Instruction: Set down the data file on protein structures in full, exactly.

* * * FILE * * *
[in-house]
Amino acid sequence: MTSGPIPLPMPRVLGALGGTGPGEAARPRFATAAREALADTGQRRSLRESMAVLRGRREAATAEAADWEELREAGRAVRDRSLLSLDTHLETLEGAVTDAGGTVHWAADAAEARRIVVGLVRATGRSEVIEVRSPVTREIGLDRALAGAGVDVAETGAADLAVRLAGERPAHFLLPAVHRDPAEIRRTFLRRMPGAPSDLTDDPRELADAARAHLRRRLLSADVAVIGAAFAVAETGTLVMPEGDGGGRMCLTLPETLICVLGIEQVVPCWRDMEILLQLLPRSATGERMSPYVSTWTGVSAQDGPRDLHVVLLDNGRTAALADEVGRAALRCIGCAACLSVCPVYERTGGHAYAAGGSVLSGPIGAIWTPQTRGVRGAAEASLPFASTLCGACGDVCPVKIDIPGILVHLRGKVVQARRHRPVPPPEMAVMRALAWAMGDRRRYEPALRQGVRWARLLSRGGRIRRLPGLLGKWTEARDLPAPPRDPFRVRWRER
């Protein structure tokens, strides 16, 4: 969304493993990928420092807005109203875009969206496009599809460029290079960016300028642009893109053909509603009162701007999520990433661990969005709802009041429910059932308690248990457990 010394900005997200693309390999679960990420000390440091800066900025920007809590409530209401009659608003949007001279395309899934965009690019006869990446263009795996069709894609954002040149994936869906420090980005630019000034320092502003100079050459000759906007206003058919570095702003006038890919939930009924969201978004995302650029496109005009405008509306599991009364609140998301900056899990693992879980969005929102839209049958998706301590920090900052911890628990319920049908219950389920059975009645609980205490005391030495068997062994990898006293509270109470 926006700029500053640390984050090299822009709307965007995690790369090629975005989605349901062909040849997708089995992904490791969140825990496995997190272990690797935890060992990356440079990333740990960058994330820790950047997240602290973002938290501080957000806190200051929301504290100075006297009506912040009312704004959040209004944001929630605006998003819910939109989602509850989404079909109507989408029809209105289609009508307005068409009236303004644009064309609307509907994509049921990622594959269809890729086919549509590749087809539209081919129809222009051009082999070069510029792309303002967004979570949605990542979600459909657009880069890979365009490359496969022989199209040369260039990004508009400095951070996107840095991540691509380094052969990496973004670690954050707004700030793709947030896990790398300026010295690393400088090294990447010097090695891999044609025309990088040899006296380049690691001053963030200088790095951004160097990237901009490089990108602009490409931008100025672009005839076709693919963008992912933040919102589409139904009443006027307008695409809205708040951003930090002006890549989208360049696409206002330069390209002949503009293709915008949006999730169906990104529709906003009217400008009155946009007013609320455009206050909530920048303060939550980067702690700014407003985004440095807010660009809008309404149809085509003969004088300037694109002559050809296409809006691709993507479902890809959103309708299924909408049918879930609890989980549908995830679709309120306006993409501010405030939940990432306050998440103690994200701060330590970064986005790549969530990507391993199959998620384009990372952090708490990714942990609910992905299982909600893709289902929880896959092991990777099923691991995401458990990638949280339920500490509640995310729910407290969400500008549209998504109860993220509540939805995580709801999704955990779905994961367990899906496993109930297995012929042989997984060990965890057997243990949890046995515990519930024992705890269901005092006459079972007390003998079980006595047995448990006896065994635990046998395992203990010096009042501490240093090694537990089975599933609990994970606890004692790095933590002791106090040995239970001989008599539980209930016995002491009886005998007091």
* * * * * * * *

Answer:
[in-house]
Amino acid sequence: MTSGPIPLPMPRVLGALGGTGPGEAARPRFATAAREALADTGQRRSLRESMAVLRGRREAATAEAADWEELREAGRAVRDRSLLSLDTHLETLEGAVTDAGGTVHWAADAAEARRIVVGLVRATGRSEVIEVRSPVTREIGLDRALAGAGVDVAETGAADLAVRLAGERPAHFLLPAVHRDPAEIRRTFLRRMPGAPSDLTDDPRELADAARAHLRRRLLSADVAVIGAAFAVAETGTLVMPEGDGGGRMCLTLPETLICVLGIEQVVPCWRDMEILLQLLPRSATGERMSPYVSTWTGVSAQDGPRDLHVVLLDNGRTAALADEVGRAALRCIGCAACLSVCPVYERTGGHAYAAGGSVLSGPIGAIWTPQTRGVRGAAEASLPFASTLCGACGDVCPVKIDIPGILVHLRGKVVQARRHRPVPPPEMAVMRALAWAMGDRRRYEPALRQGVRWARLLSRGGRIRRLPGLLGKWTEARDLPAPPRDPFRVRWRER
């Protein structure tokens, strides 16, 4: 969304493993990928420092807005109203875009969206496009599809460029290079960016300028642009893109053909509603009162701007999520990433661990969005709802009041429910059932308690248990457990 010394900005997200693309390999679960990420000390440091800066900025920007809590409530209401009659608003949007001279395309899934965009690019006869990446263009795996069709894609954002040149994936869906420090980005630019000034320092502003100079050459000759906007206003058919570095702003006038890919939930009924969201978004995302650029496109005009405008509306599991009364609140998301900056899990693992879980969005929102839209049958998706301590920090900052911890628990319920049908219950389920059975009645609980205490005391030495068997062994990898006293509270109470 926006700029500053640390984050090299822009709307965007995690790369090629975005989605349901062909040849997708089995992904490791969140825990496995997190272990690797935890060992990356440079990333740990960058994330820790950047997240602290973002938290501080957000806190200051929301504290100075006297009506912040009312704004959040209004944001929630605006998003819910939109989602509850989404079909109507989408029809209105289609009508307005068409009236303004644009064309609307509907994509049921990622594959269809890729086919549509590749087809539209081919129809222009051009082999070069510029792309303002967004979570949605990542979600459909657009880069890979365009490359496969022989199209040369260039990004508009400095951070996107840095991540691509380094052969990496973004670690954050707004700030793709947030896990790398300026010295690393400088090294990447010097090695891999044609025309990088040899006296380049690691001053963030200088790095951004160097990237901009490089990108602009490409931008100025672009005839076709693919963008992912933040919102589409139904009443006027307008695409809205708040951003930090002006890549989208360049696409206002330069390209002949503009293709915008949006999730169906990104529709906003009217400008009155946009007013609320455009206050909530920048303060939550980067702690700014407003985004440095807010660009809008309404149809085509003969004088300037694109002559050809296409809006691709993507479902890809959103309708299924909408049918879930609890989980549908995830679709309120306006993409501010405030939940990432306050998440103690994200701060330590970064986005790549969530990507391993199959998620384009990372952090708490990714942990609910992905299982909600893709289902929880896959092991990777099923691991995401458990990638949280339920500490509640995310729910407290969400500008549209998504109860993220509540939805995580709801999704955990779905994961367990899906496993109930297995012929042989997984060990965890057997243990949890046995515990519930024992705890269901005092006459079972007390003998079980006595047995448990006896065994635990046998395992203990010096009042501490240093090694537990089975599933609990994970606890004692790095933590002791106090040995239970001989008599539980209930016995002491009886005998007091």